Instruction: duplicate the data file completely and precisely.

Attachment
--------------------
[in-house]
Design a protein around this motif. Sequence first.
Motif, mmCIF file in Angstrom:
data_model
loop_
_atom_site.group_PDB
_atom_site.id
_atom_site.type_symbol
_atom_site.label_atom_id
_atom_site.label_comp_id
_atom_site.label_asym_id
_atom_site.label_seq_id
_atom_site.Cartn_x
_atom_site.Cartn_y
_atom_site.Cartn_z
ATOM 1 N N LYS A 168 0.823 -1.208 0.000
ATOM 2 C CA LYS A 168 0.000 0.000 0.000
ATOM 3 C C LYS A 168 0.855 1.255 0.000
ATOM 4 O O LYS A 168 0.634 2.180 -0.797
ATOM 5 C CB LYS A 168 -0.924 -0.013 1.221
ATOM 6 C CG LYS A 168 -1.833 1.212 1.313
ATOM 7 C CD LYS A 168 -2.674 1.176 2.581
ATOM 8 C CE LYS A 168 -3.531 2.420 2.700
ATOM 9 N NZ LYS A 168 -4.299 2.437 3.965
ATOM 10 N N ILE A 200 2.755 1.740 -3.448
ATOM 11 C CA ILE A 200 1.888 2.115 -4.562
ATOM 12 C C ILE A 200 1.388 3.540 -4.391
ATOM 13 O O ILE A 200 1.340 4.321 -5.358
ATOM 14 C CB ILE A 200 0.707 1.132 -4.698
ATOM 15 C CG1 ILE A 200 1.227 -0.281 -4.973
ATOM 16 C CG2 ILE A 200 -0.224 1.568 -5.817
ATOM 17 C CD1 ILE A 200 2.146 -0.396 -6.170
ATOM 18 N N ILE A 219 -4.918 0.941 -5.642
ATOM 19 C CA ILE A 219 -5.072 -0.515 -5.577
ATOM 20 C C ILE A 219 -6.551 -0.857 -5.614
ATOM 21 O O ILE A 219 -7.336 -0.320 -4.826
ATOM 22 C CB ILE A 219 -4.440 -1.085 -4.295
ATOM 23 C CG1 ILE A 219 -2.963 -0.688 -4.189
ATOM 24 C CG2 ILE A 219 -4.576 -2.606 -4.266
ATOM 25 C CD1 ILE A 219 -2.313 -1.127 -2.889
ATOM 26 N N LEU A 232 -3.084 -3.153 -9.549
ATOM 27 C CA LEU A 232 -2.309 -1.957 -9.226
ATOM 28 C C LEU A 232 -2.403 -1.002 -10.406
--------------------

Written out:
[in-house]
Design a protein around this motif. Sequence first.
Motif, mmCIF file in Angstrom:
data_model
loop_
_atom_site.group_PDB
_atom_site.id
_atom_site.type_symbol
_atom_site.label_atom_id
_atom_site.label_comp_id
_atom_site.label_asym_id
_atom_site.label_seq_id
_atom_site.Cartn_x
_atom_site.Cartn_y
_atom_site.Cartn_z
ATOM 1 N N LYS A 168 0.823 -1.208 0.000
ATOM 2 C CA LYS A 168 0.000 0.000 0.000
ATOM 3 C C LYS A 168 0.855 1.255 0.000
ATOM 4 O O LYS A 168 0.634 2.180 -0.797
ATOM 5 C CB LYS A 168 -0.924 -0.013 1.221
ATOM 6 C CG LYS A 168 -1.833 1.212 1.313
ATOM 7 C CD LYS A 168 -2.674 1.176 2.581
ATOM 8 C CE LYS A 168 -3.531 2.420 2.700
ATOM 9 N NZ LYS A 168 -4.299 2.437 3.965
ATOM 10 N N ILE A 200 2.755 1.740 -3.448
ATOM 11 C CA ILE A 200 1.888 2.115 -4.562
ATOM 12 C C ILE A 200 1.388 3.540 -4.391
ATOM 13 O O ILE A 200 1.340 4.321 -5.358
ATOM 14 C CB ILE A 200 0.707 1.132 -4.698
ATOM 15 C CG1 ILE A 200 1.227 -0.281 -4.973
ATOM 16 C CG2 ILE A 200 -0.224 1.568 -5.817
ATOM 17 C CD1 ILE A 200 2.146 -0.396 -6.170
ATOM 18 N N ILE A 219 -4.918 0.941 -5.642
ATOM 19 C CA ILE A 219 -5.072 -0.515 -5.577
ATOM 20 C C ILE A 219 -6.551 -0.857 -5.614
ATOM 21 O O ILE A 219 -7.336 -0.320 -4.826
ATOM 22 C CB ILE A 219 -4.440 -1.085 -4.295
ATOM 23 C CG1 ILE A 219 -2.963 -0.688 -4.189
ATOM 24 C CG2 ILE A 219 -4.576 -2.606 -4.266
ATOM 25 C CD1 ILE A 219 -2.313 -1.127 -2.889
ATOM 26 N N LEU A 232 -3.084 -3.153 -9.549
ATOM 27 C CA LEU A 232 -2.309 -1.957 -9.226
ATOM 28 C C LEU A 232 -2.403 -1.002 -10.406